Mercury Nashville / UMG Recordings
Release Date: November 13th 2020
Reviewed by: Joshua Andre
- Starting Over
- Devil Always Made Me Think Twice
- When I’m With You
- Joy Of My Life
- Hillbilly Blood
- Maggie’s Song
- Whiskey Sunrise
- Worry B Gone
- Old Friends
- Watch You Burn
- You Should Probably Leave
- Nashville, TN
There’s hope in having to start over. Within that idea, there’s the promise of making something a little better… I’m a guy who plays music who happens to have long hair. Am I country? Shoot, I’m from east Kentucky, and I don’t think it gets any countrier than that. If you wanna call me that, sure, I’ll take it and wear it proudly, but there are a lot of other influences that I would be quick to mention… I don’t remember [my parents] saying to me, ‘Well, you can’t listen to that kind of music or this kind of music.’ It was all on the table.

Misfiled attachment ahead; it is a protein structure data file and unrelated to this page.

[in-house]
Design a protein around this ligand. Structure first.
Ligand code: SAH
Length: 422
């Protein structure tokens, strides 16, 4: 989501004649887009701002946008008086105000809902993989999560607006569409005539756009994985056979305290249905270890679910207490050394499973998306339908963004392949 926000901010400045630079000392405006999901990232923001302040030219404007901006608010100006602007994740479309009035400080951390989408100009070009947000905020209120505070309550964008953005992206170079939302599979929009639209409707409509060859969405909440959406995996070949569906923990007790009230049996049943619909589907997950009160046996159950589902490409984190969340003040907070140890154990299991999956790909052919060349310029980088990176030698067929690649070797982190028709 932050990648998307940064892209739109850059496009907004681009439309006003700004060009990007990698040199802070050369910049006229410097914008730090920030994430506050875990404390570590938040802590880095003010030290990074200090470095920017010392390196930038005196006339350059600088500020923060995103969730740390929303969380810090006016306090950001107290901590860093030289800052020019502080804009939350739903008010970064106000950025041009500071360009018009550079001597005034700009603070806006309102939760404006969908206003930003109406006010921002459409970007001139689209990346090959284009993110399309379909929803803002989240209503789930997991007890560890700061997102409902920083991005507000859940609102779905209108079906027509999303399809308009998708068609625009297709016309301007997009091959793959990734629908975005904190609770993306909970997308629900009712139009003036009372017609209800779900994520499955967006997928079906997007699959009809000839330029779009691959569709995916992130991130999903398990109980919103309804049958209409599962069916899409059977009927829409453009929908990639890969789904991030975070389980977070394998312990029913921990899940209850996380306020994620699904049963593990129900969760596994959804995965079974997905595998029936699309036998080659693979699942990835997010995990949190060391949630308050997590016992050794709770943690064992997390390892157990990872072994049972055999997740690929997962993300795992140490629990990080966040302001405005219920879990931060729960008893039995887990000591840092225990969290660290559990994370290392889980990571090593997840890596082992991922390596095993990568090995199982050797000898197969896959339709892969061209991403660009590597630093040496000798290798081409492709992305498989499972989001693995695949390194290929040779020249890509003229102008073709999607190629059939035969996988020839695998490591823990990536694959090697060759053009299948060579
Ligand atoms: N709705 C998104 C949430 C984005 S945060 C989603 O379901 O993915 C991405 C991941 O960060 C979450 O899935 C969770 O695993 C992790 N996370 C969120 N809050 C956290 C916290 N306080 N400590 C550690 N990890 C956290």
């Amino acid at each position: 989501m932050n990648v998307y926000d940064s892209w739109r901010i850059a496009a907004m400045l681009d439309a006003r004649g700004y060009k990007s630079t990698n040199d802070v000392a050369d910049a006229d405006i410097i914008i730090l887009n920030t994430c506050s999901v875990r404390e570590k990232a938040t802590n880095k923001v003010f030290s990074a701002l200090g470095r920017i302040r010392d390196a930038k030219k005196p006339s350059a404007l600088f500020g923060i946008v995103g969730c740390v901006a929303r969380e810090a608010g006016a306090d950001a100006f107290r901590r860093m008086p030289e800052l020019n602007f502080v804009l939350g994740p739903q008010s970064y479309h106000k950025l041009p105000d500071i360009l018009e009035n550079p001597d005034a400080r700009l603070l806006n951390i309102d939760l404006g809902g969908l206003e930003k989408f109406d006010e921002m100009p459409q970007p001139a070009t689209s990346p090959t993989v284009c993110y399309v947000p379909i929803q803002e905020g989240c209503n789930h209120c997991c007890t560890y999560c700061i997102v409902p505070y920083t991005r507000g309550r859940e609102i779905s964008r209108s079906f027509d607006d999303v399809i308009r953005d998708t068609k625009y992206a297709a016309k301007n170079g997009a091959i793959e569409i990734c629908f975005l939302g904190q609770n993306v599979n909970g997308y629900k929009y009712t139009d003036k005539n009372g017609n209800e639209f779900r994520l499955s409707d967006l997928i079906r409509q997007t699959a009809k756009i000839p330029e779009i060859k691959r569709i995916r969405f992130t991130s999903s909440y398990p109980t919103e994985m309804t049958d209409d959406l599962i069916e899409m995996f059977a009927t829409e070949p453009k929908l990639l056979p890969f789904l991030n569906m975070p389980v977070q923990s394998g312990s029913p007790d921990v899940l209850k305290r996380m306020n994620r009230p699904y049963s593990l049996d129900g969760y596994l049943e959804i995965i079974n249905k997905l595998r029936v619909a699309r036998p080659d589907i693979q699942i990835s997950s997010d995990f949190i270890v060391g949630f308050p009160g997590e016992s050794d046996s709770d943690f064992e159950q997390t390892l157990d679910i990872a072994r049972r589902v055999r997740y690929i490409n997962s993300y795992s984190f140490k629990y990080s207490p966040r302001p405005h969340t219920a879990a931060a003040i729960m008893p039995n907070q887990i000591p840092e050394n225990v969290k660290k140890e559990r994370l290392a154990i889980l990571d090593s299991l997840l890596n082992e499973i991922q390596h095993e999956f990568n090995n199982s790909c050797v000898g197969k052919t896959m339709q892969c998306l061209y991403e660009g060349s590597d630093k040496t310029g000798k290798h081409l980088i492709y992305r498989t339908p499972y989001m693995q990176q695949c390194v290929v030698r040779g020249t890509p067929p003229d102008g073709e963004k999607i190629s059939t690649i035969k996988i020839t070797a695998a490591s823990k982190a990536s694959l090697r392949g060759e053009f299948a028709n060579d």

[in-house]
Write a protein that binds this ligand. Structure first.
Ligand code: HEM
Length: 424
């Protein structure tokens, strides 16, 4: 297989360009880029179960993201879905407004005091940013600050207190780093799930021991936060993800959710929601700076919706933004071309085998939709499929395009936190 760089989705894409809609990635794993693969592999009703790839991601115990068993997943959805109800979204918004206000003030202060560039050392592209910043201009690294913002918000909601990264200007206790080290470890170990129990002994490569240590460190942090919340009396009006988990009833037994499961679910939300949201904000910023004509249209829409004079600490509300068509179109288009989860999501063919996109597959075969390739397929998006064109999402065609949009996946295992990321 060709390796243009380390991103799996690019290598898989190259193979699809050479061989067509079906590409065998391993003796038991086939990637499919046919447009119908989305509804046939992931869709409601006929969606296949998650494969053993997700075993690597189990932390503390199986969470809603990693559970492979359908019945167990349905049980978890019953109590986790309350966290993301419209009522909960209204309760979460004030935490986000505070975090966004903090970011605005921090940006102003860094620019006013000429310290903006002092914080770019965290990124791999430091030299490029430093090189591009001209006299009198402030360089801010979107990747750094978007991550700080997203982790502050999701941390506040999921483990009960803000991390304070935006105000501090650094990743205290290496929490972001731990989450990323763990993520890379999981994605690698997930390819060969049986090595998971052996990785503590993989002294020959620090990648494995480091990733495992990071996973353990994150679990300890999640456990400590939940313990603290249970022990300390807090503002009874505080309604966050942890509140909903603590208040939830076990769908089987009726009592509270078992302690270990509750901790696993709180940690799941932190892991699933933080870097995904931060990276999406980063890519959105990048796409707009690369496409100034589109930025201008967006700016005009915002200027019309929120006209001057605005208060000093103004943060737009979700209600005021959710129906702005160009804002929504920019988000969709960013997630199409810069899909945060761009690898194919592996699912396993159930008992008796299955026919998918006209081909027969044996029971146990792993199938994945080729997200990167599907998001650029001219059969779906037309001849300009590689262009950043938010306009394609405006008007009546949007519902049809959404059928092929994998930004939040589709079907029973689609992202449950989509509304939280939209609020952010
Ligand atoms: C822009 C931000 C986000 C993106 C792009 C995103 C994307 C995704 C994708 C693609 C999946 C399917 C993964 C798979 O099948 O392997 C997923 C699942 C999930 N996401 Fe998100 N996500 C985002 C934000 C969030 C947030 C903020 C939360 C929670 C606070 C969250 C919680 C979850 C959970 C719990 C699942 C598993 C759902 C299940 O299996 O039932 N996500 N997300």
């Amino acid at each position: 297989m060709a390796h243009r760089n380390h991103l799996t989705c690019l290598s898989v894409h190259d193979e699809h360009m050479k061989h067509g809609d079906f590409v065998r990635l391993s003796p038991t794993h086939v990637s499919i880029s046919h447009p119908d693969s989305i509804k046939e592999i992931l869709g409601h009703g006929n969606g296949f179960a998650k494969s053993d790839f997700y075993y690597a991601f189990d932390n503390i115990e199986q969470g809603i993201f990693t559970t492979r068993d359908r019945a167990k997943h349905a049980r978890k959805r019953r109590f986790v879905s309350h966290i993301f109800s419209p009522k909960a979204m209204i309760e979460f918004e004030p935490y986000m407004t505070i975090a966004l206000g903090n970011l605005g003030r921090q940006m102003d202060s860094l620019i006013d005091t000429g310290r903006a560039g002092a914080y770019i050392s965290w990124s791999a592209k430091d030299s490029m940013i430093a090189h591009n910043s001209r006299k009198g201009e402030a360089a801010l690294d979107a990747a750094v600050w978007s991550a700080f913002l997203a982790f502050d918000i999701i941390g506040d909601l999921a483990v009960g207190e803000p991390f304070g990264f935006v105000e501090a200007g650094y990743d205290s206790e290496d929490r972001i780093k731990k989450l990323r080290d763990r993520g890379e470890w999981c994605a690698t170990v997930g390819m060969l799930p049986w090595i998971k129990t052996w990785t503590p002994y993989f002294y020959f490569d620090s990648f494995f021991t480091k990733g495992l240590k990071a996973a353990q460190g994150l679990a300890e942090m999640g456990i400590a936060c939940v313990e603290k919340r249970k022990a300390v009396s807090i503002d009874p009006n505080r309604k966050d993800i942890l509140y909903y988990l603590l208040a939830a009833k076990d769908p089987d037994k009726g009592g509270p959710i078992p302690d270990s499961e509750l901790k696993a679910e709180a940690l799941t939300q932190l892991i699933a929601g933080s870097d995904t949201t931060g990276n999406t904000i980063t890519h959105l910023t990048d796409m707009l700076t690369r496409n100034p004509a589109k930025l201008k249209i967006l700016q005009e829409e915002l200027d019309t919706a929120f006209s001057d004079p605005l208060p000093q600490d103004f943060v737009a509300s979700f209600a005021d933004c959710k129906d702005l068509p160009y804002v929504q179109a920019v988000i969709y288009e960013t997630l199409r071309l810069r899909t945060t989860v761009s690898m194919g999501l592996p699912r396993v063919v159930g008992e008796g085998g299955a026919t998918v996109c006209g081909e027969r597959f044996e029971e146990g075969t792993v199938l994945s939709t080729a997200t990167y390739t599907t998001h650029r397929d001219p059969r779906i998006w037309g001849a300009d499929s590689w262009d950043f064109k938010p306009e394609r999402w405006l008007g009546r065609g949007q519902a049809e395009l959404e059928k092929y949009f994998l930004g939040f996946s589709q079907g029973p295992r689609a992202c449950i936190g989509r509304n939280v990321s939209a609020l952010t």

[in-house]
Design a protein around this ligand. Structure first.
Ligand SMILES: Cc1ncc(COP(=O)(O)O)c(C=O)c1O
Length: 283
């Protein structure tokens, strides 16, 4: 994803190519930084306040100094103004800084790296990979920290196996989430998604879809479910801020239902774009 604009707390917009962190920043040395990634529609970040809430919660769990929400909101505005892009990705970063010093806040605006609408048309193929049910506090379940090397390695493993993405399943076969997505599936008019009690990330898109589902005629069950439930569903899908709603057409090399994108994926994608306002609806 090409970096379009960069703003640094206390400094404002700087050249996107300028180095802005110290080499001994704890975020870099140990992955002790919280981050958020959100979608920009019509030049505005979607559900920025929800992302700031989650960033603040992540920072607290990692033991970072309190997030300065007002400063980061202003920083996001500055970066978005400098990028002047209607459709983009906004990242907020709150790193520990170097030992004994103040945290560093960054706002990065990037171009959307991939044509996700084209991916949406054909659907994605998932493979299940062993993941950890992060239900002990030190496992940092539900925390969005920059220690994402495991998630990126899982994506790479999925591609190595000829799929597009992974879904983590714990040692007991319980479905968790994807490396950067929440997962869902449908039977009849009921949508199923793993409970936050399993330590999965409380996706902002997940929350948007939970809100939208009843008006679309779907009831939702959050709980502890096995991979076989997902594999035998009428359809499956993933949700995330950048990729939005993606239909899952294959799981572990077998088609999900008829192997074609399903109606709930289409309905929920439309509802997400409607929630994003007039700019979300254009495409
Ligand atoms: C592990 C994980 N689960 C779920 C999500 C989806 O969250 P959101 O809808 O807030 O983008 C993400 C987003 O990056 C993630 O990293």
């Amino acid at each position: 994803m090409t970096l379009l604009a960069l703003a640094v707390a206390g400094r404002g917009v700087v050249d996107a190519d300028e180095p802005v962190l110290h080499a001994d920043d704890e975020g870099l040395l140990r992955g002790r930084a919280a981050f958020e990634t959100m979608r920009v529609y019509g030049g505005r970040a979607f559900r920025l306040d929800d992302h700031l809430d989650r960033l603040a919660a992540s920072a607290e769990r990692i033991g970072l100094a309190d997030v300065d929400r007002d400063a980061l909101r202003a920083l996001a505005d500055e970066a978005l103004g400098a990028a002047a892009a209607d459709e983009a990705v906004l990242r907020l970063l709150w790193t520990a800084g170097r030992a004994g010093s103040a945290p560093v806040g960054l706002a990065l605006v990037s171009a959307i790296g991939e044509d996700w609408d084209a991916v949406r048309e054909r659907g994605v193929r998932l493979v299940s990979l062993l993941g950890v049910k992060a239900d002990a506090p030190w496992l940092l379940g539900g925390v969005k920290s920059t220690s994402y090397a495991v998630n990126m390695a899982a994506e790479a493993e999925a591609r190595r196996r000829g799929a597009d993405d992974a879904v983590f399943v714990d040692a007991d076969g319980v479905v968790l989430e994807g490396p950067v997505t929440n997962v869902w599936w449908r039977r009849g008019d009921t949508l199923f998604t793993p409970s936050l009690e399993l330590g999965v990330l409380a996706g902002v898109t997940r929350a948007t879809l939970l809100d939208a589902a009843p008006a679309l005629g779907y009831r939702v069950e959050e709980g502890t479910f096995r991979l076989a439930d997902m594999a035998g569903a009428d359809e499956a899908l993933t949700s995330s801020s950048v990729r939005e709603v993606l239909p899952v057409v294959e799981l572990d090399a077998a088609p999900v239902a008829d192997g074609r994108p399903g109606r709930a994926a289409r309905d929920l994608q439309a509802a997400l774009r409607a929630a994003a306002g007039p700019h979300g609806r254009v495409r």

I’ve said time and time again in my previous reviews that for a long time I wasn’t a fan of country music. then I listened to (and reviewed!) Carrie Underwood’s album Cry Pretty (simple because it’s Carrie!), and now the rest is history. I’ve blogged about 9 country artists in my list of future musical influencers… and now here in 2021, I’m revisiting one of 2020’s most underrated gems. Yep, it’s another country artist and a comforting yet confronting ‘country’ release- I say this in inverted commas, simply because the album is Starting Over by Chris Stapleton. Now Chris has had an interesting journey to stardom- and it’s happened late in life as he’s in his 40’s now… but I’ll leave all of the intricacies of Chris and his musical history to a later date when I blog about him (yep, the 10th and probably final country artist I’m blogging about in this series!); but if you want to know and read more about his story and how he got his start- well, then Wikipedia is a great place to find pieces of information that can be interesting to different people in many different ways. Similar in vocals and overall vibe to Third Day, Zach Williams and Needtobreathe (three artists whom have captured my attention, and whom I have resonated with greatly over the years); how about I dive deep, as much as I can with the limited knowledge of Chris that I have, into these 14 tracks, into one of the most inspiring and powerful albums of 2020? Ok, cool, well let me first start off with a question. And it is this.